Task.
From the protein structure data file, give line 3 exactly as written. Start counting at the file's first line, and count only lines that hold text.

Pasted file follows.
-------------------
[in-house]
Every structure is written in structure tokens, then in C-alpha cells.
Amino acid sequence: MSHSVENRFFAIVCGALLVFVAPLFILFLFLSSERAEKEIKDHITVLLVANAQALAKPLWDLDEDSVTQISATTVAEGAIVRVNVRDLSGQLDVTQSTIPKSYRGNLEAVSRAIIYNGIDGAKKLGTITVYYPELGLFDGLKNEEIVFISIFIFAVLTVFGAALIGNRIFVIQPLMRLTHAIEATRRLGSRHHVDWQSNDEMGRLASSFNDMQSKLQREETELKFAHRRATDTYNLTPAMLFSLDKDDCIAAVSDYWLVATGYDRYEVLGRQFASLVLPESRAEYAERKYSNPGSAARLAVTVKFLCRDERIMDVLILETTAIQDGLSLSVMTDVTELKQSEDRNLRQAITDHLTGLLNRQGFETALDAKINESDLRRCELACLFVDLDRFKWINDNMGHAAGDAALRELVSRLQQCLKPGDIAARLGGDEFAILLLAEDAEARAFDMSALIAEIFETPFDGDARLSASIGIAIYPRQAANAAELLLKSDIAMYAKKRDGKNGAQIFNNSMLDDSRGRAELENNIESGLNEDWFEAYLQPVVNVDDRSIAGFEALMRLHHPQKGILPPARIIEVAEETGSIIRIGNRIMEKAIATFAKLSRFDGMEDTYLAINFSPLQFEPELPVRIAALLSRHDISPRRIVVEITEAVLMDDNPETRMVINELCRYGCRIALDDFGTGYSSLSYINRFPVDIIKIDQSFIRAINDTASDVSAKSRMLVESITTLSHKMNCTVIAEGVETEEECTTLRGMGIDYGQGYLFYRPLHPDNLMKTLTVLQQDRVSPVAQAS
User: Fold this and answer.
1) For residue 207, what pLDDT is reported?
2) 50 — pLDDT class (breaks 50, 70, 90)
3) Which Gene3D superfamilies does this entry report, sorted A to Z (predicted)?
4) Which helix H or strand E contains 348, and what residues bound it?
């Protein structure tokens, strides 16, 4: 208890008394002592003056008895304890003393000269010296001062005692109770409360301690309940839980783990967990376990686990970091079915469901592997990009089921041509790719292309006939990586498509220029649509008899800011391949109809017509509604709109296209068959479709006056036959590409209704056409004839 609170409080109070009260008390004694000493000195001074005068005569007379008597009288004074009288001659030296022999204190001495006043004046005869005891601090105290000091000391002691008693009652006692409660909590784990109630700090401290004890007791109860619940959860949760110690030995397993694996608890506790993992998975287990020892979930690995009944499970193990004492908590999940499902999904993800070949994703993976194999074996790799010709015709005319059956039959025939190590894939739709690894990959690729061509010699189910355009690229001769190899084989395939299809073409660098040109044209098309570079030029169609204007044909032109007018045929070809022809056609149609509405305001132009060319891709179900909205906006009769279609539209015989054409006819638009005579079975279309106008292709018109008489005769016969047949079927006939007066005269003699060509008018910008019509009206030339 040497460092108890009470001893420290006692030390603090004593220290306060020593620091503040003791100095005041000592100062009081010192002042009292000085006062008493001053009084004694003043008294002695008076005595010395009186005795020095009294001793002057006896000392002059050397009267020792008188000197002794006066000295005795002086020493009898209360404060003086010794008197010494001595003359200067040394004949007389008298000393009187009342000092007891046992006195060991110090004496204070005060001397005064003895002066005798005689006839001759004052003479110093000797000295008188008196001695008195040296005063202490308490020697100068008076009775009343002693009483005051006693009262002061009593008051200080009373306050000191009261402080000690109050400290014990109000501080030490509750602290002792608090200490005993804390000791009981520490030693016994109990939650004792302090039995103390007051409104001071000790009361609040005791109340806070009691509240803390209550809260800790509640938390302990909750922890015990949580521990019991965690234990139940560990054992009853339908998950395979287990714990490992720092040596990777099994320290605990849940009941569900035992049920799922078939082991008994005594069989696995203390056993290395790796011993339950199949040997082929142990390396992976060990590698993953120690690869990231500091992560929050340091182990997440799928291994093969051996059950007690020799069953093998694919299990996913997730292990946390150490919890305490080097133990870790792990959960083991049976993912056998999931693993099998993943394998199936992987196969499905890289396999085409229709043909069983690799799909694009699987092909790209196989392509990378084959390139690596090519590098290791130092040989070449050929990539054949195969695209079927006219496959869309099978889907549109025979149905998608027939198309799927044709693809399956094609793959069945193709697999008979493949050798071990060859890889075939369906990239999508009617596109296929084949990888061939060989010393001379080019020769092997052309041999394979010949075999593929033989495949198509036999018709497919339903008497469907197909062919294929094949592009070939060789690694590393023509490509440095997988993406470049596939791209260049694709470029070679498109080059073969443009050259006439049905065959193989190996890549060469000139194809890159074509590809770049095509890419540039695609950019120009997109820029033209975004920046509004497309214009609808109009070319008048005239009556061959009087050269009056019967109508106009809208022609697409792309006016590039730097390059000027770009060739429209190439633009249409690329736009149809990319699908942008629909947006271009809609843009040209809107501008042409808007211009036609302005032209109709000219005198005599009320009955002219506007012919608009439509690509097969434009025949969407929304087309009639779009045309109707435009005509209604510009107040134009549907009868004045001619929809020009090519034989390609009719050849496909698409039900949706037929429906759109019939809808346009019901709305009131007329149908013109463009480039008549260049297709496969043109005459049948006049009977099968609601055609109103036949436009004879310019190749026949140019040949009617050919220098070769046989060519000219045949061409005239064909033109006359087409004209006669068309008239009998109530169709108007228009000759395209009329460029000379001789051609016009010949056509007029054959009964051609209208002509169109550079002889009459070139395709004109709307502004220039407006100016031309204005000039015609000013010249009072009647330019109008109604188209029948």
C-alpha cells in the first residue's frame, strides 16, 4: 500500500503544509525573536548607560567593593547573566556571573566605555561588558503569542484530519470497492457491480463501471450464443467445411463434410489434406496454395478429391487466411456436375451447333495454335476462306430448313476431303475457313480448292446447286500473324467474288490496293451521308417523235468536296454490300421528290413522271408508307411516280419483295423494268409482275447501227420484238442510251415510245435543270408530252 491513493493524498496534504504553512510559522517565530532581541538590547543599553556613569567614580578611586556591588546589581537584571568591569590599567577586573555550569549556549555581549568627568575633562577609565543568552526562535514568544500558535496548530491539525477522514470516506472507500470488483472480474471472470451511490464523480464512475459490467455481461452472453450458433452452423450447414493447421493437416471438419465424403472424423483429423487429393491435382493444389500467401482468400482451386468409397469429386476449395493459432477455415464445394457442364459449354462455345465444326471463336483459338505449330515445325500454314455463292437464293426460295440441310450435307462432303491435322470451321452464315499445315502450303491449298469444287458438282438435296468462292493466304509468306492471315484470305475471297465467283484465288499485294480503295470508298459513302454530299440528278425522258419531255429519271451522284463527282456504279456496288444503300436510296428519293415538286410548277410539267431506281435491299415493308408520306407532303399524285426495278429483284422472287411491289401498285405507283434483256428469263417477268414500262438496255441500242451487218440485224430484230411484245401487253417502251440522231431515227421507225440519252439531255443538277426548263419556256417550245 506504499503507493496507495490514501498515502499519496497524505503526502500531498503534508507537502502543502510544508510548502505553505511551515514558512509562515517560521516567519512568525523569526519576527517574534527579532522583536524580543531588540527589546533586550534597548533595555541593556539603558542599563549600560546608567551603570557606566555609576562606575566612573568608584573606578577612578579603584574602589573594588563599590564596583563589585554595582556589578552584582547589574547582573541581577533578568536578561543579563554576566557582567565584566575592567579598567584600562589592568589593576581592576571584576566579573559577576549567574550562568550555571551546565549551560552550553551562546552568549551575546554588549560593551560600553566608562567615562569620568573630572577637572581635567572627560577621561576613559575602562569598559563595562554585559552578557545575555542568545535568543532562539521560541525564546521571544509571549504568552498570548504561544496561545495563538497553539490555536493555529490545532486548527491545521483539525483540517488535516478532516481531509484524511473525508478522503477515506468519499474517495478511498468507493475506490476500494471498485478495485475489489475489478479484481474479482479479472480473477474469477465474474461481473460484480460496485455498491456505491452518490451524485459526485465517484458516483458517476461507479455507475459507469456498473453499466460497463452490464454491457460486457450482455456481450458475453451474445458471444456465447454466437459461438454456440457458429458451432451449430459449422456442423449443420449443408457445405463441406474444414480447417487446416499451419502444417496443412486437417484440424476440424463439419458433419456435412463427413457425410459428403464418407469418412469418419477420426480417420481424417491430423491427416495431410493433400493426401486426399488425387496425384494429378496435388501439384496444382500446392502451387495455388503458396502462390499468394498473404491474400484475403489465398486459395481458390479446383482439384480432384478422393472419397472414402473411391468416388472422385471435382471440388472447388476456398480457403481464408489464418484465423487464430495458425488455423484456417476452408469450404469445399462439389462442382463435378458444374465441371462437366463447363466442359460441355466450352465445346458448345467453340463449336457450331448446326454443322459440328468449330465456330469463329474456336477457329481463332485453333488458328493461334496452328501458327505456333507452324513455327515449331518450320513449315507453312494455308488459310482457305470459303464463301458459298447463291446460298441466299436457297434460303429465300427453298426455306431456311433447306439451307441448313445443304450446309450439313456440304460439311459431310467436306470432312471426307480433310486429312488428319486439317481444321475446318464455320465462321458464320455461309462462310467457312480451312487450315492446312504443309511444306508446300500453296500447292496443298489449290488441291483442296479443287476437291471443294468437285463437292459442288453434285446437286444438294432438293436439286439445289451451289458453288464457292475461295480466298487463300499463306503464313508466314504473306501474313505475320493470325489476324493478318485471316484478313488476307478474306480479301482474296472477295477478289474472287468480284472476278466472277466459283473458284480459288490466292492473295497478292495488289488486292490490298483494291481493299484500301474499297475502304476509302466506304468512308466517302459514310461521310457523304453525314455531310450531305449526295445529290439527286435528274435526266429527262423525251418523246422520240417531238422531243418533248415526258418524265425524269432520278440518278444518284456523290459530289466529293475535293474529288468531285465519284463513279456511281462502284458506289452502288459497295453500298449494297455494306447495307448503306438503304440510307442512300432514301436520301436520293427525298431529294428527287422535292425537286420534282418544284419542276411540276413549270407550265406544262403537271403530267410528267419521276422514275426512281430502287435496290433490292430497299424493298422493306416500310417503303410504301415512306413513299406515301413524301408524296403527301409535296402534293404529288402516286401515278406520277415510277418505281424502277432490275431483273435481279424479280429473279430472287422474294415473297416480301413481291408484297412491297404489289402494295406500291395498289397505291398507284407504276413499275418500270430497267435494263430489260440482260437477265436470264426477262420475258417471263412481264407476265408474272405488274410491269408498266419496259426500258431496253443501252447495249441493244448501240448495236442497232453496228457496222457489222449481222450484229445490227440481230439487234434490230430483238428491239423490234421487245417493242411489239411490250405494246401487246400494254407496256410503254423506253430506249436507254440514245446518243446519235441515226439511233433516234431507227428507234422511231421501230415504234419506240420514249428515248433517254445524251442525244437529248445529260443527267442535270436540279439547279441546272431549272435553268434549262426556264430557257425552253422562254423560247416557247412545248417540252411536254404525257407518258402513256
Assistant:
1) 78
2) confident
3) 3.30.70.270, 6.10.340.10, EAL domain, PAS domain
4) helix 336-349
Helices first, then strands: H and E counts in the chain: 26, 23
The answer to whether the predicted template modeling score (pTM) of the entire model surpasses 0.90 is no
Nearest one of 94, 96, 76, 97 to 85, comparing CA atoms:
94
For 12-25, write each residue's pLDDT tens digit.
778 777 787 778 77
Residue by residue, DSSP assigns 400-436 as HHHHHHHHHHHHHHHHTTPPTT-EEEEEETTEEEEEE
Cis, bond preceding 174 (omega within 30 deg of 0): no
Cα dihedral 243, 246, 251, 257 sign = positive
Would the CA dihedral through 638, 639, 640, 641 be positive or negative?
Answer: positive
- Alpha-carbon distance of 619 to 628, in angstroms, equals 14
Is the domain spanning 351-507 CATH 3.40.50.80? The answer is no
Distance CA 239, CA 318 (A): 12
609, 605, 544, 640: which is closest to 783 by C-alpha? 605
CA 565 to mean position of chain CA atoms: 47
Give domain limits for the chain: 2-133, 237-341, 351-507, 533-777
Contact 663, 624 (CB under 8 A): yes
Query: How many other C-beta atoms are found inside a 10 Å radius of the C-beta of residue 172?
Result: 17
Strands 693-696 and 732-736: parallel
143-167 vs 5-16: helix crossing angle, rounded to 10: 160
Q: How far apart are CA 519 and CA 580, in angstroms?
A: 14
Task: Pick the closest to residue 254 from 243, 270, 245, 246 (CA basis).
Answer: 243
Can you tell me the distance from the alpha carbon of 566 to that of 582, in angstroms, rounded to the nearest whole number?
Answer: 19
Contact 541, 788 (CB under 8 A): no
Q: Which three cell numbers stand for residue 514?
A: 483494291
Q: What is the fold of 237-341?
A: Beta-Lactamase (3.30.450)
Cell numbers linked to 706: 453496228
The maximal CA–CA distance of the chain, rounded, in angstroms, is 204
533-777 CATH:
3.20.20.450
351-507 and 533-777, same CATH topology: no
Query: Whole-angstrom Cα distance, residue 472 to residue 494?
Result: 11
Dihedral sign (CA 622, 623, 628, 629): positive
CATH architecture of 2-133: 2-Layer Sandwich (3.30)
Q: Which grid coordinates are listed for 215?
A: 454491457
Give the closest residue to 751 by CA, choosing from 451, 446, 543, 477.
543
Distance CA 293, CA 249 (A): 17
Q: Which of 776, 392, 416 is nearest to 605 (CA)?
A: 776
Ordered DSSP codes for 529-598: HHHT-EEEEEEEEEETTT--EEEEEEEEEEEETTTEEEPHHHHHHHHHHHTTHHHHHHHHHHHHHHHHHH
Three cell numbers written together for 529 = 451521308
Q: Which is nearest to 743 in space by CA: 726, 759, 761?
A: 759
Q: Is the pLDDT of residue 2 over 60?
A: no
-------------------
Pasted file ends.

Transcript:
Amino acid sequence: MSHSVENRFFAIVCGALLVFVAPLFILFLFLSSERAEKEIKDHITVLLVANAQALAKPLWDLDEDSVTQISATTVAEGAIVRVNVRDLSGQLDVTQSTIPKSYRGNLEAVSRAIIYNGIDGAKKLGTITVYYPELGLFDGLKNEEIVFISIFIFAVLTVFGAALIGNRIFVIQPLMRLTHAIEATRRLGSRHHVDWQSNDEMGRLASSFNDMQSKLQREETELKFAHRRATDTYNLTPAMLFSLDKDDCIAAVSDYWLVATGYDRYEVLGRQFASLVLPESRAEYAERKYSNPGSAARLAVTVKFLCRDERIMDVLILETTAIQDGLSLSVMTDVTELKQSEDRNLRQAITDHLTGLLNRQGFETALDAKINESDLRRCELACLFVDLDRFKWINDNMGHAAGDAALRELVSRLQQCLKPGDIAARLGGDEFAILLLAEDAEARAFDMSALIAEIFETPFDGDARLSASIGIAIYPRQAANAAELLLKSDIAMYAKKRDGKNGAQIFNNSMLDDSRGRAELENNIESGLNEDWFEAYLQPVVNVDDRSIAGFEALMRLHHPQKGILPPARIIEVAEETGSIIRIGNRIMEKAIATFAKLSRFDGMEDTYLAINFSPLQFEPELPVRIAALLSRHDISPRRIVVEITEAVLMDDNPETRMVINELCRYGCRIALDDFGTGYSSLSYINRFPVDIIKIDQSFIRAINDTASDVSAKSRMLVESITTLSHKMNCTVIAEGVETEEECTTLRGMGIDYGQGYLFYRPLHPDNLMKTLTVLQQDRVSPVAQAS